Fam bought a car almost immediately upon arriving in Tennessee. But in the early months he kept failing the driver's license knowledge exam, he said, and had to endure a mandatory waiting period between these failures. Nonetheless he got a job at a Gaylord Hotel in the Nashville area.

He said the first thing he was asked was whether he had reliable transportation to work and back. Sensing his job hinged on the answer, he said he did and illegally commuted with just his international driver's license, he said, until finally he passed the test a couple of weeks later.

The challenge is not universal in the state's immigrant community. Multiple leaders at the Islamic Society of Greater Chattanooga told the Times Free Press they have not heard of mosque members struggling with the driver's license knowledge exam.

But Fam and others said his experience is common.

Reliable public transportation is hard to come by in Tennessee, and newcomers must find a way to get their jobs -- often in the hospitality industry or factories or warehouses -- or to pick up their children from a far-away school bus stop, or to get to English classes.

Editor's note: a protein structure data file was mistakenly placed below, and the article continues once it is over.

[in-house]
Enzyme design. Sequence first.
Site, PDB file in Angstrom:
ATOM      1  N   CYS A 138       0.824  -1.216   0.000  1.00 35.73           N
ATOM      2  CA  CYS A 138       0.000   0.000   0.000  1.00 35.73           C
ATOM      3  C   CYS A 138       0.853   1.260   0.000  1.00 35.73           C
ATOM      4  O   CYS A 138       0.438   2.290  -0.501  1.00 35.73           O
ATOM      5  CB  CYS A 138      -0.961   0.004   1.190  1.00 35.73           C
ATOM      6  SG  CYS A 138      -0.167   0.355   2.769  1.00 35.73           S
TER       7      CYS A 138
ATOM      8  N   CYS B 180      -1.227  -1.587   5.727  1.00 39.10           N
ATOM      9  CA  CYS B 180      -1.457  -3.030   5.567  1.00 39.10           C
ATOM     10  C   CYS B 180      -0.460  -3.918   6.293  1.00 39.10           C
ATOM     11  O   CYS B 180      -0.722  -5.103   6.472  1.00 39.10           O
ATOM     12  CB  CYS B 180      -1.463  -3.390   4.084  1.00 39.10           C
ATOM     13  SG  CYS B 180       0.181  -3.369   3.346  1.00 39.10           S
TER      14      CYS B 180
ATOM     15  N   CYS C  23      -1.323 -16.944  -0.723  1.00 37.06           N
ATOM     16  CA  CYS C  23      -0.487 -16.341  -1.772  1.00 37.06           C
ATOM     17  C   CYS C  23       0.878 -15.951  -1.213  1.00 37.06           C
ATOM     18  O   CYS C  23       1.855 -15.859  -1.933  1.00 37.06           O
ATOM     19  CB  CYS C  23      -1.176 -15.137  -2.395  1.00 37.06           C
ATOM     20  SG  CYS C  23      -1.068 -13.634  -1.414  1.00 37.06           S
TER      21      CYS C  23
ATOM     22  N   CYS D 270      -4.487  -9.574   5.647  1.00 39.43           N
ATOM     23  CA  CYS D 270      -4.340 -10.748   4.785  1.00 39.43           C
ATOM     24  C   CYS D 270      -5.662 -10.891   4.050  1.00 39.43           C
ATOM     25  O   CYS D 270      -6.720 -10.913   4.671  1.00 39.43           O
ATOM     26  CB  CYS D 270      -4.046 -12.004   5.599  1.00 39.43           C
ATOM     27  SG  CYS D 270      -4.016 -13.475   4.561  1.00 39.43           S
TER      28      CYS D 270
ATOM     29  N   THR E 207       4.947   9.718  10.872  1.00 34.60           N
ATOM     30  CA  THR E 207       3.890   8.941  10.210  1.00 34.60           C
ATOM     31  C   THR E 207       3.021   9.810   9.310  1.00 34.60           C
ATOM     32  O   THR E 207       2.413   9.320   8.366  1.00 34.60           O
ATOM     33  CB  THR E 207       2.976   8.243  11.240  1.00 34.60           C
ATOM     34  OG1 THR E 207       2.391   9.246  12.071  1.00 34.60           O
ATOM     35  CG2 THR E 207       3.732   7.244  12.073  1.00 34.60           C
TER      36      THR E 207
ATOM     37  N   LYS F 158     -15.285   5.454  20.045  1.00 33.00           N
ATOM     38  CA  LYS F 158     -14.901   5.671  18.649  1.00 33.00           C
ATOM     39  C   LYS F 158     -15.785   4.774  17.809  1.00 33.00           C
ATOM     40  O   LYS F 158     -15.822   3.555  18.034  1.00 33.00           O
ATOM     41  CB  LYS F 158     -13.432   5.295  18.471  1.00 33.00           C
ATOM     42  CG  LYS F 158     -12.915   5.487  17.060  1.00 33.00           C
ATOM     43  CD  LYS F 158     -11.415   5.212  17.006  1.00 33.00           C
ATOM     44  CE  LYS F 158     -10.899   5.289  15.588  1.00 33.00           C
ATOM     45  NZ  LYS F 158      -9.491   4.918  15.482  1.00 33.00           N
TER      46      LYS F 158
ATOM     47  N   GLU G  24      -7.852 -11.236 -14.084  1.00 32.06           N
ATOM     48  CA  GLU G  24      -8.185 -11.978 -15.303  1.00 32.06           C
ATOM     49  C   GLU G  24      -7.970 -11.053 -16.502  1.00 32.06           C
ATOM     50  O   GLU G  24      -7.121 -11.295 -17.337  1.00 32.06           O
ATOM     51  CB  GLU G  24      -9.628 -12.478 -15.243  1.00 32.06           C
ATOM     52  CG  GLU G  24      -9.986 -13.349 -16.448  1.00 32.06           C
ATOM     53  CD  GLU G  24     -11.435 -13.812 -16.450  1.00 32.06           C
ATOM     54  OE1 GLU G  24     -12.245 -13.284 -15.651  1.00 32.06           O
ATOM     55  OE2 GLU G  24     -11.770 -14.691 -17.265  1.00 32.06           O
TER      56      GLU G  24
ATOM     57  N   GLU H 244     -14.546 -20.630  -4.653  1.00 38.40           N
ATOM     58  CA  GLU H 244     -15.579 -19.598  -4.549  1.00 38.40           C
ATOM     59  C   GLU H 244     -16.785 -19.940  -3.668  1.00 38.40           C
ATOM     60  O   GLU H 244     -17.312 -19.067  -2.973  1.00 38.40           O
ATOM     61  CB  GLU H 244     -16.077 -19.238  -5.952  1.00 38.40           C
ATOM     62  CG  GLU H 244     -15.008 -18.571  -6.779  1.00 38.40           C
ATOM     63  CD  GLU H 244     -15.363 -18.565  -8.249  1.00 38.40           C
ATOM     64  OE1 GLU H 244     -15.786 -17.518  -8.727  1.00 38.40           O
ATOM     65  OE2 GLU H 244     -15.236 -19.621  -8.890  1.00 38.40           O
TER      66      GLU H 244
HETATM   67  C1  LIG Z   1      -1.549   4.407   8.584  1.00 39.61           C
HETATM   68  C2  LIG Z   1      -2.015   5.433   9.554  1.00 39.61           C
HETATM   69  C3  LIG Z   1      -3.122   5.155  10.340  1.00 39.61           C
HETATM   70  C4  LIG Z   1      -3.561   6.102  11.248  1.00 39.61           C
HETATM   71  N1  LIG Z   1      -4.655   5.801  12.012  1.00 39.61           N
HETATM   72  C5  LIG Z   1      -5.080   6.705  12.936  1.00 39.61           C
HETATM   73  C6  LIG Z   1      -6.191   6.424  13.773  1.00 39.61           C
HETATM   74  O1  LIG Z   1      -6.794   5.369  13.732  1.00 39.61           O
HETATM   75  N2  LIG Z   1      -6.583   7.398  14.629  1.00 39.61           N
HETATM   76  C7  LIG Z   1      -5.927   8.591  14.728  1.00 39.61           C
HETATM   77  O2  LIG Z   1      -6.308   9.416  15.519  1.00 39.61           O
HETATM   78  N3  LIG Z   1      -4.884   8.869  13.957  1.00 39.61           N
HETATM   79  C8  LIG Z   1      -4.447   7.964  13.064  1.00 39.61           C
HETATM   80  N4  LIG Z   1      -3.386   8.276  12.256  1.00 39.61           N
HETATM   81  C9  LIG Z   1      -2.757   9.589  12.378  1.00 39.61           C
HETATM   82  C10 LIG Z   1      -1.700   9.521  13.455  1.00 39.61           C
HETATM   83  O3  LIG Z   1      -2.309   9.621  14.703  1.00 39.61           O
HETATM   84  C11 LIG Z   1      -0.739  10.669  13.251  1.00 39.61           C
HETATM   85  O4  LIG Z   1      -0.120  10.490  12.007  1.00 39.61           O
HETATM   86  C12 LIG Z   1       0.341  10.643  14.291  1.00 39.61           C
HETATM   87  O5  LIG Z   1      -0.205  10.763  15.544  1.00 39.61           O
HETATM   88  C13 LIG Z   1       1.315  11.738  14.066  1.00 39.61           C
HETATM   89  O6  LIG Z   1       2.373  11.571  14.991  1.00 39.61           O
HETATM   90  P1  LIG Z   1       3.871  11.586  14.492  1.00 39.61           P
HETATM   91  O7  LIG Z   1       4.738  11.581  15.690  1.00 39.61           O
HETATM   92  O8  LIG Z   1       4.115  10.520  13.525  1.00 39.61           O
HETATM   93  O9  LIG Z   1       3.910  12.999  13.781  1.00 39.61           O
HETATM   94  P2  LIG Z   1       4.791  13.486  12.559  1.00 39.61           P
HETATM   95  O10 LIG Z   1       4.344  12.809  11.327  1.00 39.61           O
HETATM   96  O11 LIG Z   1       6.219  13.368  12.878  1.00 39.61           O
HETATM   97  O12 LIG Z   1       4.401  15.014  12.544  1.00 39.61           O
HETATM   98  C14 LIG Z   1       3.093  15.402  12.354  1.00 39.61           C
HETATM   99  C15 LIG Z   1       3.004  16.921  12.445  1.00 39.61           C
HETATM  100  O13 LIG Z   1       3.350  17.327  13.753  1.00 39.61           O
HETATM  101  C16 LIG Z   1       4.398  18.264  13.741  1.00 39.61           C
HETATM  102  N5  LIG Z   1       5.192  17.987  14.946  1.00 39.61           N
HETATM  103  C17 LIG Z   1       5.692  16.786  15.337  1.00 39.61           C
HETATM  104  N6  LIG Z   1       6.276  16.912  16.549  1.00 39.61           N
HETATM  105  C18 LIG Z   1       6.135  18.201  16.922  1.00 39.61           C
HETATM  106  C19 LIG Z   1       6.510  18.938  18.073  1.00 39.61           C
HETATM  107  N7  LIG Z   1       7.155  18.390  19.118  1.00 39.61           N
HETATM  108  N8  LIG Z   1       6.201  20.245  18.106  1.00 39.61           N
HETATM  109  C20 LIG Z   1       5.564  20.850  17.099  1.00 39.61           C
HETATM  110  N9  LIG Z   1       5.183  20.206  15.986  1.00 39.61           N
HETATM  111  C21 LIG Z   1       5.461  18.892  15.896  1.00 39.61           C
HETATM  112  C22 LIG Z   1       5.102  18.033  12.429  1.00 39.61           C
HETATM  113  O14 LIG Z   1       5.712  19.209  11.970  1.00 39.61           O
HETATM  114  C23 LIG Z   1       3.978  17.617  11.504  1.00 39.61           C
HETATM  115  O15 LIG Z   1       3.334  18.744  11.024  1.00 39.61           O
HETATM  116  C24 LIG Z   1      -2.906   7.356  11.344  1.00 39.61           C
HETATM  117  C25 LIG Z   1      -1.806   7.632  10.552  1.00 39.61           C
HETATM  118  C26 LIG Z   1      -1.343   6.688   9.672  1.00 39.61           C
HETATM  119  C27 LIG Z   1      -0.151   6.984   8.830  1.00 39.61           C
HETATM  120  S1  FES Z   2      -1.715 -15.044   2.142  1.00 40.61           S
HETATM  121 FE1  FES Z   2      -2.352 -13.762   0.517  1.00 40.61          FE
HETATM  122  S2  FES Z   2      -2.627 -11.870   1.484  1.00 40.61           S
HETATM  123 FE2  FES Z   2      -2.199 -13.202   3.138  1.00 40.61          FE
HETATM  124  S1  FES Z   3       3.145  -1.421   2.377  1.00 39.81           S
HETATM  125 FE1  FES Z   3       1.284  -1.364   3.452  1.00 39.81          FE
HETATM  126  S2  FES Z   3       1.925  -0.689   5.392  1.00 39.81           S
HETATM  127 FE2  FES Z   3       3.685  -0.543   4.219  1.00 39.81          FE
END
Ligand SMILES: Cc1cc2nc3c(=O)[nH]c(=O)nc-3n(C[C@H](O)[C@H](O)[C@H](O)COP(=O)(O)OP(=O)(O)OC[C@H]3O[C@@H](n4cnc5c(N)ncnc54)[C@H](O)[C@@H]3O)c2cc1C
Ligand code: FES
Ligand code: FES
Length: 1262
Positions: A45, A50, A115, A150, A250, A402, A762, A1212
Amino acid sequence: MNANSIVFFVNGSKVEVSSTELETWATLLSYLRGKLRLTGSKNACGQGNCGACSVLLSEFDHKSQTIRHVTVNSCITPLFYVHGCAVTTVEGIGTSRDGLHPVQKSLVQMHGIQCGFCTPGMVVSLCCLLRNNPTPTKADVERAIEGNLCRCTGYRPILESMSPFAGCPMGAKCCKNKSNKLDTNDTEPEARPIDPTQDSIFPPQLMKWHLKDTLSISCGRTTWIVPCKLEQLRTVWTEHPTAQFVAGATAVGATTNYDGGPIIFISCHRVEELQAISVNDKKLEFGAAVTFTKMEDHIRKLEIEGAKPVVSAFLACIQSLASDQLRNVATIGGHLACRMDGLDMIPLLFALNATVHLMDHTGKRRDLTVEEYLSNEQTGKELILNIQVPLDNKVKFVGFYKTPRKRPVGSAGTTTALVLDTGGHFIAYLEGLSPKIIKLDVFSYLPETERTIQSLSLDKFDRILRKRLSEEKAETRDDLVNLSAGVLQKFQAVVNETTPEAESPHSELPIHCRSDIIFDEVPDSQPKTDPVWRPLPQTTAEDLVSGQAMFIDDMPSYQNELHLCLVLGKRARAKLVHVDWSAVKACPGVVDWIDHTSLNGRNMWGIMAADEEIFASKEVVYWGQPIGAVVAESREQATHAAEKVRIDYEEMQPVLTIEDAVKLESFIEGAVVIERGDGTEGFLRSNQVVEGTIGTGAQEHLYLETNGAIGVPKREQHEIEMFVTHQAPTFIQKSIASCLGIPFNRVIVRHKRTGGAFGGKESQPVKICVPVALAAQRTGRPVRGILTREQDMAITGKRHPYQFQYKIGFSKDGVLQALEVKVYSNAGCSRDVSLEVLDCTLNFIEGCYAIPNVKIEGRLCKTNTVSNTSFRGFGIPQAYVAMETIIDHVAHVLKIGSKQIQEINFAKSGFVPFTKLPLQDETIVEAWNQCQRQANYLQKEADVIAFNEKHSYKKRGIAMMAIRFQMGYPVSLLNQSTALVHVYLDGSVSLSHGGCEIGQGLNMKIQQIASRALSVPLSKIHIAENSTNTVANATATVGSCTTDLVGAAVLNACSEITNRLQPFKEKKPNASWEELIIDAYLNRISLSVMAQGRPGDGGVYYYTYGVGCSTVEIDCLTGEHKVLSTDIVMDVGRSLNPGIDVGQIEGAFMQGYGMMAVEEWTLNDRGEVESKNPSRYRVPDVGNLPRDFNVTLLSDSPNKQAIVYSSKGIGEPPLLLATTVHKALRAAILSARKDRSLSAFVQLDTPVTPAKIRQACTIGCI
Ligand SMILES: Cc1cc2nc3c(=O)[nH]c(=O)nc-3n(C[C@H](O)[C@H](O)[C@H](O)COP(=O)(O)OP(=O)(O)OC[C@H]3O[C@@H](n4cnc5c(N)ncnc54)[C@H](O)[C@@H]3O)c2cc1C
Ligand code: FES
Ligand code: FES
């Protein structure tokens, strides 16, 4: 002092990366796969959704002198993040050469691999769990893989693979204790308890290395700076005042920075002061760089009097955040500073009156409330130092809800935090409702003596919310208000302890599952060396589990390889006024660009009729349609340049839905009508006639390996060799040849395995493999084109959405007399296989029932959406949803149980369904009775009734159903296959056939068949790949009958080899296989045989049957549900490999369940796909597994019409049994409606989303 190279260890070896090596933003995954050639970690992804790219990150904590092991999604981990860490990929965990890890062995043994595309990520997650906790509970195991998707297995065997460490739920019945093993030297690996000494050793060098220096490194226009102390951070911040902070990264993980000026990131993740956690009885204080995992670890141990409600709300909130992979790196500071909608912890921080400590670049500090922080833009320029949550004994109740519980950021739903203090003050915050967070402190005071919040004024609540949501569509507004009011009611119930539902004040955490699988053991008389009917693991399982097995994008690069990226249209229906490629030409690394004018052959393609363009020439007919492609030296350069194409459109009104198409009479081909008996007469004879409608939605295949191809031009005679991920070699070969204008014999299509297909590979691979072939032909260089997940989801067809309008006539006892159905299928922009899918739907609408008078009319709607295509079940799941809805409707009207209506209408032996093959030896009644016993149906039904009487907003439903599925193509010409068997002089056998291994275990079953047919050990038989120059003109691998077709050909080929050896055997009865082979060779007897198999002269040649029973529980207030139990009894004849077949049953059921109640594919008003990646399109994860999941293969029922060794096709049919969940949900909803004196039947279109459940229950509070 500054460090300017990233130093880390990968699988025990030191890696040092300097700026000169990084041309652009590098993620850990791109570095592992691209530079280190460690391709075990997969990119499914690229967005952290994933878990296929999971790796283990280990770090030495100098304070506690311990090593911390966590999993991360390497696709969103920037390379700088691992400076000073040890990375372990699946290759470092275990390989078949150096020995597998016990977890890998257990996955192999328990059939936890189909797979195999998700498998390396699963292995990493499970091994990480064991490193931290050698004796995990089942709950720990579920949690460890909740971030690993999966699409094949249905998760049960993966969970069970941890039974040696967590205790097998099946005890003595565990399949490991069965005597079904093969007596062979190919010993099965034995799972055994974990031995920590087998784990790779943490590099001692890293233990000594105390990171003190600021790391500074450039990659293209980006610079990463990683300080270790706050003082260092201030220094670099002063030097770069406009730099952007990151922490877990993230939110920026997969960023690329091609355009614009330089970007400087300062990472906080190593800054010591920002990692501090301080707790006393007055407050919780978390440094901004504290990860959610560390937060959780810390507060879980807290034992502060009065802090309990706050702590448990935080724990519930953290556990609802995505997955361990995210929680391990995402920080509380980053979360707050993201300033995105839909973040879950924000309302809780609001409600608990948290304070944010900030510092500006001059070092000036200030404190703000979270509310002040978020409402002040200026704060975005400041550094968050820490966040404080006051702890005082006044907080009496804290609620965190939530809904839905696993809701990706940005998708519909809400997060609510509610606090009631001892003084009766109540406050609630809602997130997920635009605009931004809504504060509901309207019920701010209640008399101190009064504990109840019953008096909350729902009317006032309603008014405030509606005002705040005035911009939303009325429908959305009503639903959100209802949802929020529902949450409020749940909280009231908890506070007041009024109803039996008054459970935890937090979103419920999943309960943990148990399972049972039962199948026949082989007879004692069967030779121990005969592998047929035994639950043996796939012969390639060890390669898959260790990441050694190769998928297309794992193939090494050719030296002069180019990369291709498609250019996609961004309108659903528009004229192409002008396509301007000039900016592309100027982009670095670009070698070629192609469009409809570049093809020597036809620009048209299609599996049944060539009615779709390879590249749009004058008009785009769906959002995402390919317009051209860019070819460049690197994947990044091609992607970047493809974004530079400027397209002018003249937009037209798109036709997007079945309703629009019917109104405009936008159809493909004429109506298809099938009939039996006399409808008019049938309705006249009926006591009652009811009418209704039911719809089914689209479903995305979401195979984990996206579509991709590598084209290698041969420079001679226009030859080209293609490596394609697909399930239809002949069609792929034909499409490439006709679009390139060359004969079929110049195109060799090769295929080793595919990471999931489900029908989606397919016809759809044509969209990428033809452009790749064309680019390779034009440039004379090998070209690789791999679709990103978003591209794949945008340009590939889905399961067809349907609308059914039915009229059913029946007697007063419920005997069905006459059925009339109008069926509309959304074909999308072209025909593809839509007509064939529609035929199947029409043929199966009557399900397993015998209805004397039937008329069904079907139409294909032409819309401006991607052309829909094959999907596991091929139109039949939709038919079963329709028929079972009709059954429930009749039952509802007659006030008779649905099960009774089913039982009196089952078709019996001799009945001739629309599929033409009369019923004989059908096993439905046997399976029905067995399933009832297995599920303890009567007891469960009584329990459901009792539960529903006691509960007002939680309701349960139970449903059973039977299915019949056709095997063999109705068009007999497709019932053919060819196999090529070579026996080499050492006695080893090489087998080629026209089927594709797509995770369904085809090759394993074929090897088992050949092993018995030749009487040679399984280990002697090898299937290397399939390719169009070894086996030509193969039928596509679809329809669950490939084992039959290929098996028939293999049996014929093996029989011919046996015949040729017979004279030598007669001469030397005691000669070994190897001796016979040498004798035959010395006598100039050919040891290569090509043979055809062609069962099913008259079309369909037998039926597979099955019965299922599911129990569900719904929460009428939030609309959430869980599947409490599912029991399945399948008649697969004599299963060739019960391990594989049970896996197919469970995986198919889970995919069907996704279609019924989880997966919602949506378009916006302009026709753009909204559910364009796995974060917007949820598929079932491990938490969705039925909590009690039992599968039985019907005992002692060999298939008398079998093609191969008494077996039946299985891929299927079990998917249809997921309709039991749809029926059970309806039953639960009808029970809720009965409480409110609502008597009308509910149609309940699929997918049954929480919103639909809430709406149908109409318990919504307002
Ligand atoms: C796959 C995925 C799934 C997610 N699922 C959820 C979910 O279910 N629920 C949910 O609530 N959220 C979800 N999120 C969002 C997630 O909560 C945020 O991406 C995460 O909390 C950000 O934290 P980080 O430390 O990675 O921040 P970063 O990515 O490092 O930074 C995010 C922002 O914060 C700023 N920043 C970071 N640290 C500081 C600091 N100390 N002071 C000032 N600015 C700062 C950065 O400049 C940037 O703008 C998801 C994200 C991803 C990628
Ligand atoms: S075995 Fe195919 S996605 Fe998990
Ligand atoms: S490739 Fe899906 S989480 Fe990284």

Help exists. Some Coptic Christian Churches, for example, offer transportation services. Some immigrants buy a car and get someone else to drive it, although women -- already reluctant to use the bus -- rarely feel comfortable in these situations, said Lydia Yousief, who directs the Nashville-based Elmahaba center, which advocates for the Arabic-speaking community.

Some people resort to sneakier options. Fam said he knows a guy who gets clients a false address in another state and drives them there to get a license test in Arabic. People spend thousands of dollars for this service, Fam said.

"We just need the people to listen and understand our challenge."

Of Tennessee's population of more than 6.5 million people, about 6 million speak only English at home, according to a Migration Policy Institute analysis of U.S. Census Bureau data.

Of the 500,000 remaining people, a little more than half speak Spanish.

The next most spoken language by far is Arabic, and of this cohort, about 13,000 people speak English "less than 'very well.'" Including all language-speakers, more than 170,000 Tennesseans -- just about equivalent to the population of Chattanooga -- fall into this category of people who struggle with English.

Contact Andrew Schwartz at or 423-757-6431.